Visitor numbers to Venezuela, in particular, are rising after the elections earlier this year stabilised a unsteady political climate. There is even talk that the national carrier may soon be back in business: Viasa could yet re-emerge from the ashes.

"Sorry about your bike experience," writes Andre de Mendonca of South American Experience. He is referring to my tale last week of underwriting American Airlines' huge losses by paying an extra £55 in order for my folding bicycle to accompany me. In fact, a London representative of the airline says that the rules were applied too rigorously, and that I am entitled to a refund of most of the charge.

Mr de Mendonca observes that check-in staff have a lot to put up with: "I remember once being phoned by the livid Iberia desk at Heathrow who said that one of my passengers had turned up on a moped and was insisting that that it should be counted as half of his two-piece luggage allowance."

One airline practice that is less easy to comprehend is reconfirmation: the need to call the airline 48 hours before departure to verify that you intend to travel. Ros Hosking e-mails to say she, too, is baffled that some agents and airlines still require it. "Is this for our benefit or the airlines?" she asks. "Heathrow just has a voice message saying you don't need to do it. Abroad you often struggle to find the right number only to be met by an uninterested response at the other end. Is it still necessary or a relic of an earlier regime?"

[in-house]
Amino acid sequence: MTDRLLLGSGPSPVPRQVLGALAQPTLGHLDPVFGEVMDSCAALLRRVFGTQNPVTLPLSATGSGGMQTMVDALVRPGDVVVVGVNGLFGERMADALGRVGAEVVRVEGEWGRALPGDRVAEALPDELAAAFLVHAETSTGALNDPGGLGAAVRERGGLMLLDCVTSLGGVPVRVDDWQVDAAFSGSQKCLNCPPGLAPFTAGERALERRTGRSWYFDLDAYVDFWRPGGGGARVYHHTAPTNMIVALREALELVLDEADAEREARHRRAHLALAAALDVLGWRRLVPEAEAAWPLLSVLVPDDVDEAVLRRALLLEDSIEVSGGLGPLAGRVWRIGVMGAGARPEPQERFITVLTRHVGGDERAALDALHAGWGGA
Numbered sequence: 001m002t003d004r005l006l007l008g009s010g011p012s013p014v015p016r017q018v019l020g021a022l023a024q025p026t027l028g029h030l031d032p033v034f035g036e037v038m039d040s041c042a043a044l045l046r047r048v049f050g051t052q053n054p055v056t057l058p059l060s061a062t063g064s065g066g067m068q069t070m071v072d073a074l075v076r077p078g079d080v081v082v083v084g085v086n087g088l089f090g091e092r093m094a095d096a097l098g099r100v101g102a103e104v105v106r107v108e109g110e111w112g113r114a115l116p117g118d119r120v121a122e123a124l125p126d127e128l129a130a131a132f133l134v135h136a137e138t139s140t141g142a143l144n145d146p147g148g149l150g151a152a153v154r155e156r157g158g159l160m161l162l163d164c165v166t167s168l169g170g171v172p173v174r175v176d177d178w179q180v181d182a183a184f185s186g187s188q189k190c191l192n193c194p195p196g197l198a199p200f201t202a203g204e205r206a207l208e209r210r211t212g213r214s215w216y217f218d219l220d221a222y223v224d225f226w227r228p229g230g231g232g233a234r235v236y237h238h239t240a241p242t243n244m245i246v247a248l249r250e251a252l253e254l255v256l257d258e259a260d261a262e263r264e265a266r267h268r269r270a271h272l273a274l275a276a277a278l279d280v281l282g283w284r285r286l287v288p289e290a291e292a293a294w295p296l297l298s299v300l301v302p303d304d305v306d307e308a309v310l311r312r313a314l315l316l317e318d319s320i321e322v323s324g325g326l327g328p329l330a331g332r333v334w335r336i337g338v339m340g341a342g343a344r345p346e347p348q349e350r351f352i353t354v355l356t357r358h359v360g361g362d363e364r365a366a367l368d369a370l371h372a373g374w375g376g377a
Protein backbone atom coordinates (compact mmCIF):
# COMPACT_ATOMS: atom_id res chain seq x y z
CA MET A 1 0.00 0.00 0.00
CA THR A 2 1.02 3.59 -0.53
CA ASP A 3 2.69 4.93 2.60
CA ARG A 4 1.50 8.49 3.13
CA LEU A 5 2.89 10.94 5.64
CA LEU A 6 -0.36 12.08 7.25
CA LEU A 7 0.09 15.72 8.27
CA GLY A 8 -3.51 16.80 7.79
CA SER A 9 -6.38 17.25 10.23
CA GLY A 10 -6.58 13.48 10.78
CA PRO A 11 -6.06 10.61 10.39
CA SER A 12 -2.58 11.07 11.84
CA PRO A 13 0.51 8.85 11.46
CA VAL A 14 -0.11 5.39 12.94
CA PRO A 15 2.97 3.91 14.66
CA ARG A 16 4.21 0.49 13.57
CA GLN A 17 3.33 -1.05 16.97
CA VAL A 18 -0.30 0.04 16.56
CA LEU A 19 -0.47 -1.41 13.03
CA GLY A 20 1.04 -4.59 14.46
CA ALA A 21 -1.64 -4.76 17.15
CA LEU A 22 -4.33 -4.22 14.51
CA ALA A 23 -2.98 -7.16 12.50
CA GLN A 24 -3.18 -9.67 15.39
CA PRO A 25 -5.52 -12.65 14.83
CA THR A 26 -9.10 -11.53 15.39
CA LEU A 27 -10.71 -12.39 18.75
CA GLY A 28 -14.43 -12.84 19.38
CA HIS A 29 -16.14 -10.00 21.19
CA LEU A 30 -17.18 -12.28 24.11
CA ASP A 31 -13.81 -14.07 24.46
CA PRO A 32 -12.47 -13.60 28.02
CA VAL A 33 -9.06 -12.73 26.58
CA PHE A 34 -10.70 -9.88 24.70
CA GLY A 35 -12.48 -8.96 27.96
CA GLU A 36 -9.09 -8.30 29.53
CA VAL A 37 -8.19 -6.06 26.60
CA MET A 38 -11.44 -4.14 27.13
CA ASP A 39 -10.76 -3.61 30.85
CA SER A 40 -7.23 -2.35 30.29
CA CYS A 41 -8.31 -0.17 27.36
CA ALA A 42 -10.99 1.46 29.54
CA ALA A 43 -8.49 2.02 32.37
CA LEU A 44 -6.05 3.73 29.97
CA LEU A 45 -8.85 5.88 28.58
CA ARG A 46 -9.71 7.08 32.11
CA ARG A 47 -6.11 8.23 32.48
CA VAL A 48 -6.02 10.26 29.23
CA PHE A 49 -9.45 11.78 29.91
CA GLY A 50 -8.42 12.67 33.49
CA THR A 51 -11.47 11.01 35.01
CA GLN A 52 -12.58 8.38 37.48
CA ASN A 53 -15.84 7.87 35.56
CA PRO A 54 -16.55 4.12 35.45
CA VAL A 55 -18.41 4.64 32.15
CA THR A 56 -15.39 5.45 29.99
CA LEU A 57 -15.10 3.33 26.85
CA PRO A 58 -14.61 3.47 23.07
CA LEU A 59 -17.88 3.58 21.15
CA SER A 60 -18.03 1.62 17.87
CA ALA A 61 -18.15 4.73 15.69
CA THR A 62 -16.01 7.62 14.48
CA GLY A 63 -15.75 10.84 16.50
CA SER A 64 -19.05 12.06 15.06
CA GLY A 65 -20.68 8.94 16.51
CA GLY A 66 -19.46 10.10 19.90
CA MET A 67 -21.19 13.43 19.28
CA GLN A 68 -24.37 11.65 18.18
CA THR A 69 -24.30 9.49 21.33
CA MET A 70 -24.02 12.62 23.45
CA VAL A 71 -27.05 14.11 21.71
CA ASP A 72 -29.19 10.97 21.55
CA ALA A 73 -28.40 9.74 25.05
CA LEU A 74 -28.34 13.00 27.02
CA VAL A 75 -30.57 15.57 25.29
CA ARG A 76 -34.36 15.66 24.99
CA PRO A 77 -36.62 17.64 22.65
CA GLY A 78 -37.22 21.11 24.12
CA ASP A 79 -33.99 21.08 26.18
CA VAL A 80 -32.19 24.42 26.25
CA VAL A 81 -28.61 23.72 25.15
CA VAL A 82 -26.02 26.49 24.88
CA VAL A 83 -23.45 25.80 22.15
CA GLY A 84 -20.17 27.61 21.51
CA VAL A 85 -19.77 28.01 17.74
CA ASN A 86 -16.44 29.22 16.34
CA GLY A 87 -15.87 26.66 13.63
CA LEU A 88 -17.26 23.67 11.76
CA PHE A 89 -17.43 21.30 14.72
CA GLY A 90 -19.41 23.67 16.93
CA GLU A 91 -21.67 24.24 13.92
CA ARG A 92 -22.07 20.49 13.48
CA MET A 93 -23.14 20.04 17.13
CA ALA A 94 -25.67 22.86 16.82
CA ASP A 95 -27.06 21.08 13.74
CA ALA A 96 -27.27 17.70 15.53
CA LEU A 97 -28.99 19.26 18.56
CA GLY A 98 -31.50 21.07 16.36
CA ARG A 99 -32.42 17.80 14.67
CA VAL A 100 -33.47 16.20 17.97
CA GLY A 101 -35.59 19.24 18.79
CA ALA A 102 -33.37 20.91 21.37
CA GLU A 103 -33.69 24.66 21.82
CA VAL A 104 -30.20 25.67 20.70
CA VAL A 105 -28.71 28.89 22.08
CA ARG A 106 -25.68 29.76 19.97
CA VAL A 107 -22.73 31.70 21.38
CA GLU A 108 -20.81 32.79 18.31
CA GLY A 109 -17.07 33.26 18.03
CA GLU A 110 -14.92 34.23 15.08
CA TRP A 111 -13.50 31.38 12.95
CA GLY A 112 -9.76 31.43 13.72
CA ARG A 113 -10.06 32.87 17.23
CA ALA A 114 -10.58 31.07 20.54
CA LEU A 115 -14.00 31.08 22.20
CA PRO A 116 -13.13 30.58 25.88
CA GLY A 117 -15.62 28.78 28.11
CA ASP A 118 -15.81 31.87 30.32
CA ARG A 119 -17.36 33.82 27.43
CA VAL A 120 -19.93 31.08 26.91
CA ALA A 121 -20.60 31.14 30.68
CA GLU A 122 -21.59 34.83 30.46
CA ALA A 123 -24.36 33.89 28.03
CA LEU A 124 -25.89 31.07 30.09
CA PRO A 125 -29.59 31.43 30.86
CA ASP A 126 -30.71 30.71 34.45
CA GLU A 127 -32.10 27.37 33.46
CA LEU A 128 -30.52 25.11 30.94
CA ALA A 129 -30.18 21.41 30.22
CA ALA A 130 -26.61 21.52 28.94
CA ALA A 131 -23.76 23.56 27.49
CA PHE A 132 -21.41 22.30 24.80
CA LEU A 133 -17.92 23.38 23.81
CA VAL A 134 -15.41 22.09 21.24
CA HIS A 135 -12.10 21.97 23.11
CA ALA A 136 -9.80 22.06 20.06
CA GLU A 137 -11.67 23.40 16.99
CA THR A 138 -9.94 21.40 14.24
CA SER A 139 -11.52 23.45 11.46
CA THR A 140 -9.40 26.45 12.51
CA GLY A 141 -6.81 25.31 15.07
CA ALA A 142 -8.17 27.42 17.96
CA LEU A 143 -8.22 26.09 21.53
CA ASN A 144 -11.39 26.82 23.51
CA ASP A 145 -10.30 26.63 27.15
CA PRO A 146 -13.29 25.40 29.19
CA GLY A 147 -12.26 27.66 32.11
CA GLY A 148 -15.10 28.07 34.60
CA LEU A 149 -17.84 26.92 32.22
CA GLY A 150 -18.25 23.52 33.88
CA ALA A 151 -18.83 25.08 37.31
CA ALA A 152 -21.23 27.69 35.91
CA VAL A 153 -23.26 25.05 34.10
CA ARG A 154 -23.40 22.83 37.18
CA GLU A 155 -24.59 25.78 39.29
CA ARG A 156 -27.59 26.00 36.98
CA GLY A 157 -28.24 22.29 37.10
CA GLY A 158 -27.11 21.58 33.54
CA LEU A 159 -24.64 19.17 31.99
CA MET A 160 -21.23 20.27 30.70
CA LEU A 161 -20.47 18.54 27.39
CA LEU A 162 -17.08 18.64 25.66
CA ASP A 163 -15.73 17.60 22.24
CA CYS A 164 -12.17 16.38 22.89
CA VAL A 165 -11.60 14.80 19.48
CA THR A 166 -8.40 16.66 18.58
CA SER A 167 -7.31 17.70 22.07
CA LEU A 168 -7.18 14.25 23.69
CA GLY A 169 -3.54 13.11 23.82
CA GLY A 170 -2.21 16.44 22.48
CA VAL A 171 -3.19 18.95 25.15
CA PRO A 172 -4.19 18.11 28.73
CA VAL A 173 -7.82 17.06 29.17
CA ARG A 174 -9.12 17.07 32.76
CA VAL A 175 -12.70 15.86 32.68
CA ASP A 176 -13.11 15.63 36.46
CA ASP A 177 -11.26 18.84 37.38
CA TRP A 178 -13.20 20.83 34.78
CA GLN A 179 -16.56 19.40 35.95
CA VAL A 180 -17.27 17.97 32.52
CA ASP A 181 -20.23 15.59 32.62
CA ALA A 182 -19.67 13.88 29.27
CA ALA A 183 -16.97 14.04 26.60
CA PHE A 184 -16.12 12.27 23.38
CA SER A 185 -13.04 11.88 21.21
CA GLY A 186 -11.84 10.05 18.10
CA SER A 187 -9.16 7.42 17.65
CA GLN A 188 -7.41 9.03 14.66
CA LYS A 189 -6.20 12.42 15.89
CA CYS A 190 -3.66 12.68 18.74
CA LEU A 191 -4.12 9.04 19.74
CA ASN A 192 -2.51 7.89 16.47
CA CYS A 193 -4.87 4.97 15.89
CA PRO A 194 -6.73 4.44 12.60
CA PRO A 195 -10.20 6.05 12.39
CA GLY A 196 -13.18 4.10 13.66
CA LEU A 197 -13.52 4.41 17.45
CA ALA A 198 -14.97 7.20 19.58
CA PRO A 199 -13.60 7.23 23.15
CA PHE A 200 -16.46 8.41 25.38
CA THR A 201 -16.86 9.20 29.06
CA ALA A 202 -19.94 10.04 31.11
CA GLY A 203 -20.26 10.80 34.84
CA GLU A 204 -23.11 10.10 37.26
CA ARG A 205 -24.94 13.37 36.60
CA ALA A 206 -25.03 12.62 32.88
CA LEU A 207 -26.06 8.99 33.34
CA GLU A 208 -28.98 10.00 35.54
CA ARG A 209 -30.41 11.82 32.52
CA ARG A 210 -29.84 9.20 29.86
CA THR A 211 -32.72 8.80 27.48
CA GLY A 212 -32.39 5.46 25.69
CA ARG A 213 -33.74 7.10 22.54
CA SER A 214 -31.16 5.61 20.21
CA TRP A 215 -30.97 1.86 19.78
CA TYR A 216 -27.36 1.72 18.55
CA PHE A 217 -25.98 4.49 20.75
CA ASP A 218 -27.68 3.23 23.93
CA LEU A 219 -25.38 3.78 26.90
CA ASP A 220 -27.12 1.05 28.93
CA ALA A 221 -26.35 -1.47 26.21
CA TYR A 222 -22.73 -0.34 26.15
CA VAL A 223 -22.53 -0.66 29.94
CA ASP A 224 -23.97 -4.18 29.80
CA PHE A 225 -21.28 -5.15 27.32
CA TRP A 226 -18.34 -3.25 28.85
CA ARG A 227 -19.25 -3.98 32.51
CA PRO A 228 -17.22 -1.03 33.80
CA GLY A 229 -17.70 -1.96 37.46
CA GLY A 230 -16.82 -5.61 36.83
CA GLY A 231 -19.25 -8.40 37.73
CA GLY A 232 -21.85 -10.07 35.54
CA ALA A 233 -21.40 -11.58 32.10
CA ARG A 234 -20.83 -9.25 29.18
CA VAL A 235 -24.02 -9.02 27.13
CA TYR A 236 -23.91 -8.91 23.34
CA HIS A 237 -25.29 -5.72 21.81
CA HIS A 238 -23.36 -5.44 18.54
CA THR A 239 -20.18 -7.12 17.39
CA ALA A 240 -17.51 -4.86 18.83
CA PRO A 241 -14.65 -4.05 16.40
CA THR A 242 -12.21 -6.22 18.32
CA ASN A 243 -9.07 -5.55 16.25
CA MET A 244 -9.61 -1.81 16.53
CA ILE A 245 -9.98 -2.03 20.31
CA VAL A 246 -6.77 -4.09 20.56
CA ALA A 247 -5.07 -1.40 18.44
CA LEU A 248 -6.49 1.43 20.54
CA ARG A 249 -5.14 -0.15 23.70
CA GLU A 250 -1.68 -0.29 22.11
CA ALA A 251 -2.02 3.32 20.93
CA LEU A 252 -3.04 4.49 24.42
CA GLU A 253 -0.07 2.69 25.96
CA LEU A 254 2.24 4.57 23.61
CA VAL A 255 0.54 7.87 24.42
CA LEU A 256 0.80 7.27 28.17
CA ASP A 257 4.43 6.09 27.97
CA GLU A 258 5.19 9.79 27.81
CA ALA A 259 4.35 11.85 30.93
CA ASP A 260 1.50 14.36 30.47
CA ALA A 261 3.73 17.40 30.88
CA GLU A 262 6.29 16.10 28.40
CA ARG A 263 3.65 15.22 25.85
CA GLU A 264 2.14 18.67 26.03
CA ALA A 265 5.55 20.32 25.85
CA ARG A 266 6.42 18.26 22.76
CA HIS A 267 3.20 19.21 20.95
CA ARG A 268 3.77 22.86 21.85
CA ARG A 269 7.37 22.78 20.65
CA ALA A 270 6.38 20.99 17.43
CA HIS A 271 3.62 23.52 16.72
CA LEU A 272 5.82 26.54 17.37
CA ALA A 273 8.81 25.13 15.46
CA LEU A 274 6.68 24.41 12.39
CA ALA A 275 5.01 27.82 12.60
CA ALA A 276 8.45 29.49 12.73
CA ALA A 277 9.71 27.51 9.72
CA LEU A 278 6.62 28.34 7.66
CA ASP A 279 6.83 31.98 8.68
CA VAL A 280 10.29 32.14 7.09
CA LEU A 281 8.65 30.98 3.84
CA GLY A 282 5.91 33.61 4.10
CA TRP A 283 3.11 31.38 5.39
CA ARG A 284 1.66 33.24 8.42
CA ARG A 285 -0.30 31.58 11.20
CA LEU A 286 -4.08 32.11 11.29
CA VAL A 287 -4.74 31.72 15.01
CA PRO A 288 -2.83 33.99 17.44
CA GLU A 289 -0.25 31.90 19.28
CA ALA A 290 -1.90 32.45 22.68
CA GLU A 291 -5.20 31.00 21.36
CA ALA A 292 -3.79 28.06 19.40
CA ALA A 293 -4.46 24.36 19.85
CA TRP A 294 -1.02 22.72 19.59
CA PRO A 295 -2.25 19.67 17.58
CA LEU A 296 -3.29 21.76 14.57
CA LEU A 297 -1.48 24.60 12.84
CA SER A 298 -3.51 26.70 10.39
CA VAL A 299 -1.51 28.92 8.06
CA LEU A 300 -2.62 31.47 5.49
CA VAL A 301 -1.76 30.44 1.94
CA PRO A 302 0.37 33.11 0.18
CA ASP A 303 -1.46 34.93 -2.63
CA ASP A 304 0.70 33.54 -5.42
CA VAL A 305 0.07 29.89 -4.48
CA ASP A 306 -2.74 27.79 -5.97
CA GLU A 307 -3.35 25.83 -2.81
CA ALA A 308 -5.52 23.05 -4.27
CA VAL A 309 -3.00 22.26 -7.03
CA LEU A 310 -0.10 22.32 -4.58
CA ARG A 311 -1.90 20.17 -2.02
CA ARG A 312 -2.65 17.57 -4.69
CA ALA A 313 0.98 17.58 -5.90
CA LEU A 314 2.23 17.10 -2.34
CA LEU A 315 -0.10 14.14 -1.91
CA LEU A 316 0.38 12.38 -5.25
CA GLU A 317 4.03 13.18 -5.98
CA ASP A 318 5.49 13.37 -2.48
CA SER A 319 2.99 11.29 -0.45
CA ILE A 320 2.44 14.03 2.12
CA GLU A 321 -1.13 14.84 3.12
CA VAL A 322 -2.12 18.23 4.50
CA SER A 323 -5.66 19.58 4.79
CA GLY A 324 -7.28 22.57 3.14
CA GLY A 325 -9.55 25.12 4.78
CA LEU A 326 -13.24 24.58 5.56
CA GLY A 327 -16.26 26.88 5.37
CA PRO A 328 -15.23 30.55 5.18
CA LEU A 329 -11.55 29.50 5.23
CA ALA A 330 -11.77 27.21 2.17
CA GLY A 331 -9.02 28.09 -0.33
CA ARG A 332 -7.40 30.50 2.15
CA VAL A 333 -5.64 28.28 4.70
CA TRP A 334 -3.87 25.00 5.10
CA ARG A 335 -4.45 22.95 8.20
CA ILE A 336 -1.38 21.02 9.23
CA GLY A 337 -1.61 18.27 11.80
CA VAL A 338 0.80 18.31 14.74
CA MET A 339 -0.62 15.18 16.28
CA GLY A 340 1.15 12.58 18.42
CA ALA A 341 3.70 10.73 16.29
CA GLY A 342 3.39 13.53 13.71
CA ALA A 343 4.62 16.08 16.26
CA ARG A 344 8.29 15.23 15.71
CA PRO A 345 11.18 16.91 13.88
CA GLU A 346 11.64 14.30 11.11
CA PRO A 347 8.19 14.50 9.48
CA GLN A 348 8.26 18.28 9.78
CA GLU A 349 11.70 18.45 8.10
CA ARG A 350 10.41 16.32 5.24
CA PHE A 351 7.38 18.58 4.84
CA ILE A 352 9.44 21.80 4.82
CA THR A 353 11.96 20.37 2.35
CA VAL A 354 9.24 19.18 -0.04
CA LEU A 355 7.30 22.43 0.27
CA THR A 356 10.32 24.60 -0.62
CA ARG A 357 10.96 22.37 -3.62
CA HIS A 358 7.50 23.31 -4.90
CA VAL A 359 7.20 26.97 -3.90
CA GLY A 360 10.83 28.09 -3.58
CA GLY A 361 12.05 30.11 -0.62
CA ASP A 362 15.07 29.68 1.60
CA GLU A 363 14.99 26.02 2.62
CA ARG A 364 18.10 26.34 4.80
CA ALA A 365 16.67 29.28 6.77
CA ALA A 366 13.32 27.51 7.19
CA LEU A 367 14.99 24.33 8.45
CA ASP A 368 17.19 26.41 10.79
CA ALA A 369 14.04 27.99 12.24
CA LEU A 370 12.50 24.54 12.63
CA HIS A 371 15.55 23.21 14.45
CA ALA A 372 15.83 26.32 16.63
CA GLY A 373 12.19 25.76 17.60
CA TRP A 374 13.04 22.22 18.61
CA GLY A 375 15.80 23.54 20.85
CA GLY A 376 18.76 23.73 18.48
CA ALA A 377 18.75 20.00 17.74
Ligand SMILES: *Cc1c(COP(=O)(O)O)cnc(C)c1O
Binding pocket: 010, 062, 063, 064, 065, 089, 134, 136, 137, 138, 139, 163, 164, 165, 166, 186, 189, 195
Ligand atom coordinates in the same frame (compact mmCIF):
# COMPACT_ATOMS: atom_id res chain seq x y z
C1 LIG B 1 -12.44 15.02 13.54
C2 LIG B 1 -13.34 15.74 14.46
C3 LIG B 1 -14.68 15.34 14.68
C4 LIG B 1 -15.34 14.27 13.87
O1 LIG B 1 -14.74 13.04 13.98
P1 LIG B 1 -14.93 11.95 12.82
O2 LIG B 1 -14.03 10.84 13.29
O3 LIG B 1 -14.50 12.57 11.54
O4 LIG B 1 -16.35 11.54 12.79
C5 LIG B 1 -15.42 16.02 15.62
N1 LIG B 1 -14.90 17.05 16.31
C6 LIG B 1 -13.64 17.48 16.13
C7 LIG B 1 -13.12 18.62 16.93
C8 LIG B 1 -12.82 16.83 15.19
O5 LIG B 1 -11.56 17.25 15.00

In my experience, the latter. On a couple of occasions in the 1980s, it proved either pointless or downright unhelpful. The second-to-last time I reconfirmed was after trekking halfway across Hong Kong Island to the British Caledonian office, on the travel agent's instructions. I was greeted with the cheery news that I had wasted my time: "Oh, you're on an Apex ticket so you needn't have bothered."

The very last time was at a student travel office in Istanbul: the staff there told me the departure time on my ticket was incorrect, and that the Gatwick flight would take off 90 minutes later than shown. Regrettably, the ticket was right and the office was wrong. Twice bitten, I have not reconfirmed anything since then.